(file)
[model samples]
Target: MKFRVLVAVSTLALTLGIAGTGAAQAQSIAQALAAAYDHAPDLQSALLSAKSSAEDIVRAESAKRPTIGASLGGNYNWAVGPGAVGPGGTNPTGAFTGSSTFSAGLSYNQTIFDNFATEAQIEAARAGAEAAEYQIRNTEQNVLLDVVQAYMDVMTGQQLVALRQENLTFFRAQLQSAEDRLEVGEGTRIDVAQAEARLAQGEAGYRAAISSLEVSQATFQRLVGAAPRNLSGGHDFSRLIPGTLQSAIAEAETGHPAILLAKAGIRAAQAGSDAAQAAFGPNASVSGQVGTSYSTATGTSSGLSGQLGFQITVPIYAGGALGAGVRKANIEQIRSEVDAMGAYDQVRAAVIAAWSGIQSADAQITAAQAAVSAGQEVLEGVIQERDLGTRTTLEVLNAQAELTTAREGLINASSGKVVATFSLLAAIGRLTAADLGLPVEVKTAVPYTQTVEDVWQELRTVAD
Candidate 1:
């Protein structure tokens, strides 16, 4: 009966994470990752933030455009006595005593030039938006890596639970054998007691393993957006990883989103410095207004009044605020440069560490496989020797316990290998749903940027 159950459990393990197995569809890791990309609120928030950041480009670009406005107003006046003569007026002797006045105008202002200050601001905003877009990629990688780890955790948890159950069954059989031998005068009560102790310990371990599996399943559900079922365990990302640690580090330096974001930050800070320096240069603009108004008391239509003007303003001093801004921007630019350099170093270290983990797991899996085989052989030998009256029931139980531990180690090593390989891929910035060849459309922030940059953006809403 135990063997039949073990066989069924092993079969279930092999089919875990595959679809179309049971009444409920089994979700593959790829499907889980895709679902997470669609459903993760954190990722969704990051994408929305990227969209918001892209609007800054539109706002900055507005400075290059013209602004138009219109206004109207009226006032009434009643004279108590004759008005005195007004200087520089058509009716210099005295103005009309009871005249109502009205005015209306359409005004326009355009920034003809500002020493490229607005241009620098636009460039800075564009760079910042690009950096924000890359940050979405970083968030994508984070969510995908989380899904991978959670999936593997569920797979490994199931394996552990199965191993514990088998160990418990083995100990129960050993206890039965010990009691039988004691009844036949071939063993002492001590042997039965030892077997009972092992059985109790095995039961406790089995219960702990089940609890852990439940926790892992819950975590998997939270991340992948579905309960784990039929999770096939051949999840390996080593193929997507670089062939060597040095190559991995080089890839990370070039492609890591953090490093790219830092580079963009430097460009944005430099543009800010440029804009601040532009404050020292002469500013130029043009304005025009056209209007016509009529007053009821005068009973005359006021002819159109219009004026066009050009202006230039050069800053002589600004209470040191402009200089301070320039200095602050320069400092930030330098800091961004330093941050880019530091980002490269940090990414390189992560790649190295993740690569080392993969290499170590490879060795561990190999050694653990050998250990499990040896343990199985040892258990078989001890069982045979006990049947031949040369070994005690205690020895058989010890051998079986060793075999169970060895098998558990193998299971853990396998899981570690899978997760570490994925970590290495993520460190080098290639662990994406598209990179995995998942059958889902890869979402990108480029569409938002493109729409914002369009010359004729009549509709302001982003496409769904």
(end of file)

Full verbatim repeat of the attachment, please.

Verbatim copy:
[model samples]
Target: MKFRVLVAVSTLALTLGIAGTGAAQAQSIAQALAAAYDHAPDLQSALLSAKSSAEDIVRAESAKRPTIGASLGGNYNWAVGPGAVGPGGTNPTGAFTGSSTFSAGLSYNQTIFDNFATEAQIEAARAGAEAAEYQIRNTEQNVLLDVVQAYMDVMTGQQLVALRQENLTFFRAQLQSAEDRLEVGEGTRIDVAQAEARLAQGEAGYRAAISSLEVSQATFQRLVGAAPRNLSGGHDFSRLIPGTLQSAIAEAETGHPAILLAKAGIRAAQAGSDAAQAAFGPNASVSGQVGTSYSTATGTSSGLSGQLGFQITVPIYAGGALGAGVRKANIEQIRSEVDAMGAYDQVRAAVIAAWSGIQSADAQITAAQAAVSAGQEVLEGVIQERDLGTRTTLEVLNAQAELTTAREGLINASSGKVVATFSLLAAIGRLTAADLGLPVEVKTAVPYTQTVEDVWQELRTVAD
Candidate 1:
């Protein structure tokens, strides 16, 4: 009966994470990752933030455009006595005593030039938006890596639970054998007691393993957006990883989103410095207004009044605020440069560490496989020797316990290998749903940027 159950459990393990197995569809890791990309609120928030950041480009670009406005107003006046003569007026002797006045105008202002200050601001905003877009990629990688780890955790948890159950069954059989031998005068009560102790310990371990599996399943559900079922365990990302640690580090330096974001930050800070320096240069603009108004008391239509003007303003001093801004921007630019350099170093270290983990797991899996085989052989030998009256029931139980531990180690090593390989891929910035060849459309922030940059953006809403 135990063997039949073990066989069924092993079969279930092999089919875990595959679809179309049971009444409920089994979700593959790829499907889980895709679902997470669609459903993760954190990722969704990051994408929305990227969209918001892209609007800054539109706002900055507005400075290059013209602004138009219109206004109207009226006032009434009643004279108590004759008005005195007004200087520089058509009716210099005295103005009309009871005249109502009205005015209306359409005004326009355009920034003809500002020493490229607005241009620098636009460039800075564009760079910042690009950096924000890359940050979405970083968030994508984070969510995908989380899904991978959670999936593997569920797979490994199931394996552990199965191993514990088998160990418990083995100990129960050993206890039965010990009691039988004691009844036949071939063993002492001590042997039965030892077997009972092992059985109790095995039961406790089995219960702990089940609890852990439940926790892992819950975590998997939270991340992948579905309960784990039929999770096939051949999840390996080593193929997507670089062939060597040095190559991995080089890839990370070039492609890591953090490093790219830092580079963009430097460009944005430099543009800010440029804009601040532009404050020292002469500013130029043009304005025009056209209007016509009529007053009821005068009973005359006021002819159109219009004026066009050009202006230039050069800053002589600004209470040191402009200089301070320039200095602050320069400092930030330098800091961004330093941050880019530091980002490269940090990414390189992560790649190295993740690569080392993969290499170590490879060795561990190999050694653990050998250990499990040896343990199985040892258990078989001890069982045979006990049947031949040369070994005690205690020895058989010890051998079986060793075999169970060895098998558990193998299971853990396998899981570690899978997760570490994925970590290495993520460190080098290639662990994406598209990179995995998942059958889902890869979402990108480029569409938002493109729409914002369009010359004729009549509709302001982003496409769904």